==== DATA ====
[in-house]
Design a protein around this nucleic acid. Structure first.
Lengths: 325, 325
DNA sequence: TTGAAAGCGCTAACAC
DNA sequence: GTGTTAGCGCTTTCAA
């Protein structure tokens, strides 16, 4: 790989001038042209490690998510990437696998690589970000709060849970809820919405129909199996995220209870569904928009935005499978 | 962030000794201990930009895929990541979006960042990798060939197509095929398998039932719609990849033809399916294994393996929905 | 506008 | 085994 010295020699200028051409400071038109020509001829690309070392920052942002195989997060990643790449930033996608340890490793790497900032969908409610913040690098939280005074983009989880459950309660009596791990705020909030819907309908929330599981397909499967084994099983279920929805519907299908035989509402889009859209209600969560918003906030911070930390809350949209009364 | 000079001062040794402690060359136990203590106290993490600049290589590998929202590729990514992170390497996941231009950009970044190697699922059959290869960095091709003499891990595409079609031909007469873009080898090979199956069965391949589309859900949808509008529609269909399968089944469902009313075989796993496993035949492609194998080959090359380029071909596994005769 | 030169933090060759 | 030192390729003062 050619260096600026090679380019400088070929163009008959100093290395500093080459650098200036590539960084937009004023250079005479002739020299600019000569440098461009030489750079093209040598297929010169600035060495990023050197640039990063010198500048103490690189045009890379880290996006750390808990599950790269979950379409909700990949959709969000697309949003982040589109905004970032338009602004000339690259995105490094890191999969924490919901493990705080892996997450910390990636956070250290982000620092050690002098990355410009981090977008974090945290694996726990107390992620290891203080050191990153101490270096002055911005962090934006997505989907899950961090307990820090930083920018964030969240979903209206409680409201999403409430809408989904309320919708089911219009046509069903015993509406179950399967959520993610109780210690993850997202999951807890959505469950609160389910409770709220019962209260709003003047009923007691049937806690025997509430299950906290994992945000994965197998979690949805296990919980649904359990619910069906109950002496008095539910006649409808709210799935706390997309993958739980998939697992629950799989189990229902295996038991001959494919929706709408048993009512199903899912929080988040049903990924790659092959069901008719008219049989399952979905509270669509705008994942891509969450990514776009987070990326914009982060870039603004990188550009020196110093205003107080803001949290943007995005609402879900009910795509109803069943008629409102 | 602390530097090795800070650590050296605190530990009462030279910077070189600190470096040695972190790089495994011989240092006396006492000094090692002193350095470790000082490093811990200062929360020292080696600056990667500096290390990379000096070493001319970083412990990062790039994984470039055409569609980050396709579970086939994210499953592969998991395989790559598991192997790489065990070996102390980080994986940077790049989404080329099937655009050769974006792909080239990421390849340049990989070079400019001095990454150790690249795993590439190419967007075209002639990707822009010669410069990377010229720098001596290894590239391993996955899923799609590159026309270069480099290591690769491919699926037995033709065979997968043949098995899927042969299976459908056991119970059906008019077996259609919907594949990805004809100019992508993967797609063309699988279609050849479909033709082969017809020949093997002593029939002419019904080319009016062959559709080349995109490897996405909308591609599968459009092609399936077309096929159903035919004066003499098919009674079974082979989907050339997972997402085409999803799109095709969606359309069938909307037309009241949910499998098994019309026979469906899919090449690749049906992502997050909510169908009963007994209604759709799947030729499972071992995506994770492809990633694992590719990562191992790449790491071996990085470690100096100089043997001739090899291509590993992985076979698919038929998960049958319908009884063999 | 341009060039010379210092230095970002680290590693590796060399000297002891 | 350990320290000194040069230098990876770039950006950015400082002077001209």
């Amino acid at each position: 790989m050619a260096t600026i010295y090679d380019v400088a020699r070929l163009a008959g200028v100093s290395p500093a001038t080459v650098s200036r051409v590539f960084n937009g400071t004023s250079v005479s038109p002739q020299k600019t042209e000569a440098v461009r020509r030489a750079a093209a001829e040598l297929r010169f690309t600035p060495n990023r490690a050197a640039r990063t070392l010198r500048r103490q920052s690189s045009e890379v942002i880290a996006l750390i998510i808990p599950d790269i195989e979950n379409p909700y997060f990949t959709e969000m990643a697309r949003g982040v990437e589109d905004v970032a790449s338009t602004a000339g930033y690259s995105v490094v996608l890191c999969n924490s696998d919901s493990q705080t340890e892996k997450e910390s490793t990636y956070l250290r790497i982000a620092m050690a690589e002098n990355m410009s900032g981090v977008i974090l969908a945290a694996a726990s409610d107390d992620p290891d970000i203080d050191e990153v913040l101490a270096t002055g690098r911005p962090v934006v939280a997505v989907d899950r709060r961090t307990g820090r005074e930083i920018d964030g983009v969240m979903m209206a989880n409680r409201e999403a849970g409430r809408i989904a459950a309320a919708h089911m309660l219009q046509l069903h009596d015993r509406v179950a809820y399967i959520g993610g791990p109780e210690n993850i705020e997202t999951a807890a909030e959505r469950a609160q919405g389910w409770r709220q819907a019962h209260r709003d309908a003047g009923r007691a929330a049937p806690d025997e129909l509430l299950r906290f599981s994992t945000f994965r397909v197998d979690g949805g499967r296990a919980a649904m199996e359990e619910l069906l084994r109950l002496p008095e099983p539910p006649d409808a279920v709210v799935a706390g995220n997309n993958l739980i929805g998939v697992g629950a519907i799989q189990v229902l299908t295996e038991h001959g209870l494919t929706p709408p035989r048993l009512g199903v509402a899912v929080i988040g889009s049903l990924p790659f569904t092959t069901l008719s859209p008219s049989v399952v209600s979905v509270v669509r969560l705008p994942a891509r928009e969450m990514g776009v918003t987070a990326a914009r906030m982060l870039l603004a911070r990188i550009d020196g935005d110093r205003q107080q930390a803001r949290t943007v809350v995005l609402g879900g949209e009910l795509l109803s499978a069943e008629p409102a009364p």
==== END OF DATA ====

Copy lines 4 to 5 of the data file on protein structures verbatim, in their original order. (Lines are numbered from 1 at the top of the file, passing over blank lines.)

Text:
DNA sequence: TTGAAAGCGCTAACAC
DNA sequence: GTGTTAGCGCTTTCAA